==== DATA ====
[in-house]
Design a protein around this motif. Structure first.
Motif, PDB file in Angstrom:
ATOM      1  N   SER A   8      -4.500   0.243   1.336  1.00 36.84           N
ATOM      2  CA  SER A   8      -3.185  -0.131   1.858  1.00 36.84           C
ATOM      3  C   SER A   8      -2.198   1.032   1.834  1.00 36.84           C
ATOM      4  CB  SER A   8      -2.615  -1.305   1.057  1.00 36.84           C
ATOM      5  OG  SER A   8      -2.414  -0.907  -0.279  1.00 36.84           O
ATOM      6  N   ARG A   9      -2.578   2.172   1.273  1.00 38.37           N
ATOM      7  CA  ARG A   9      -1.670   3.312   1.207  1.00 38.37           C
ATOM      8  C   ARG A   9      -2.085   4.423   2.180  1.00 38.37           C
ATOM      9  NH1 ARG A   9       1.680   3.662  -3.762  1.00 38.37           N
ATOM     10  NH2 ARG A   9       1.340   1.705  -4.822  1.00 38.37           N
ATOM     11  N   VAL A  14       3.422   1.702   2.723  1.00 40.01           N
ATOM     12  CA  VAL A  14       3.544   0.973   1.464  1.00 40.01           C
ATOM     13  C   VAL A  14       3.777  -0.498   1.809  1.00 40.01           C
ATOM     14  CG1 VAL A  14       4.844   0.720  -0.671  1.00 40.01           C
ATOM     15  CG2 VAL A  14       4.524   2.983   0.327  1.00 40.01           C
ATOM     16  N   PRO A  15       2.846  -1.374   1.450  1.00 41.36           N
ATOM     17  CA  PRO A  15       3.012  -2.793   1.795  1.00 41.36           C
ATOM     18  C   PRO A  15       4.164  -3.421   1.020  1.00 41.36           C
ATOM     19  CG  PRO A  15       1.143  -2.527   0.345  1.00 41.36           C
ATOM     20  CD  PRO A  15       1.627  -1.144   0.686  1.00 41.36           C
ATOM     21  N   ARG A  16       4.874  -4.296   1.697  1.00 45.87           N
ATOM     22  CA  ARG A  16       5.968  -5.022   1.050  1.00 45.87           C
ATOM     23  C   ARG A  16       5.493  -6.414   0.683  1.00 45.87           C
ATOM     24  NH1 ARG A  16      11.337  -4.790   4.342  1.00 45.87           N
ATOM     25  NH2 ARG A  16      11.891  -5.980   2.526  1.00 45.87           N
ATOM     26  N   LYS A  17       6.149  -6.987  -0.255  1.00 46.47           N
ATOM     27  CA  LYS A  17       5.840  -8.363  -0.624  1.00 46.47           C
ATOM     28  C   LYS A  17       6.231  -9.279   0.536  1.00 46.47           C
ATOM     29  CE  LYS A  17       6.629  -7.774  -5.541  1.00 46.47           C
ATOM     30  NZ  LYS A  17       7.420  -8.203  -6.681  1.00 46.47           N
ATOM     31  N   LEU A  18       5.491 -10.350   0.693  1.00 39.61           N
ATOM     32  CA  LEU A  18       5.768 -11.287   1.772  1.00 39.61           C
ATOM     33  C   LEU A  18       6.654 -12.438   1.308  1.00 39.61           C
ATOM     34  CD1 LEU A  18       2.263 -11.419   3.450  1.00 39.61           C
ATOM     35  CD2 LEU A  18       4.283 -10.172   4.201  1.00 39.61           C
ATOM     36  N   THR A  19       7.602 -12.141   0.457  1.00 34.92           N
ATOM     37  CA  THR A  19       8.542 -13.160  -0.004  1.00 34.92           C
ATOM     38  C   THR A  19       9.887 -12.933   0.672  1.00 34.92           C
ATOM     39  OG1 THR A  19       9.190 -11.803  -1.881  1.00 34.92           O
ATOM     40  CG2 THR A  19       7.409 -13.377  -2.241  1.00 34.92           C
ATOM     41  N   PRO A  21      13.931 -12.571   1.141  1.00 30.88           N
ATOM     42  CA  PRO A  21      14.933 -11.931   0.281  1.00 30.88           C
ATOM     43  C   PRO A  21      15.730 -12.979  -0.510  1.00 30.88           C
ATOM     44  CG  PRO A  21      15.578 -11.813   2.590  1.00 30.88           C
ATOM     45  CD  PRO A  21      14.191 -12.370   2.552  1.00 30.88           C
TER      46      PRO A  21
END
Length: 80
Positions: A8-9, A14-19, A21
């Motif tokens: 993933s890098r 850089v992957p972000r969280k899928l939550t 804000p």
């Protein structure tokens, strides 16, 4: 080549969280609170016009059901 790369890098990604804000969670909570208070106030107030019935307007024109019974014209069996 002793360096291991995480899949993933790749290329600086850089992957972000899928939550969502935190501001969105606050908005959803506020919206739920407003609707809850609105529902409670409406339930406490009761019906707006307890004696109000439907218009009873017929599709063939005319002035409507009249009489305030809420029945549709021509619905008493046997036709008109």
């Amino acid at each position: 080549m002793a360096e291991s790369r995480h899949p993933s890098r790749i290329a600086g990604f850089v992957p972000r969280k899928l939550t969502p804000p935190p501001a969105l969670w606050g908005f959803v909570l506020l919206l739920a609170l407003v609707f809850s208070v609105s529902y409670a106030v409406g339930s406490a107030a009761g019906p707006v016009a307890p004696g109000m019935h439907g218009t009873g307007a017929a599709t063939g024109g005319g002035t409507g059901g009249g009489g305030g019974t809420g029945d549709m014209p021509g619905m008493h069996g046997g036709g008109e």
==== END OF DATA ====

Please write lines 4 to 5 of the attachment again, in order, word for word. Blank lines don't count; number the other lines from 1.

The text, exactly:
ATOM      1  N   SER A   8      -4.500   0.243   1.336  1.00 36.84           N
ATOM      2  CA  SER A   8      -3.185  -0.131   1.858  1.00 36.84           C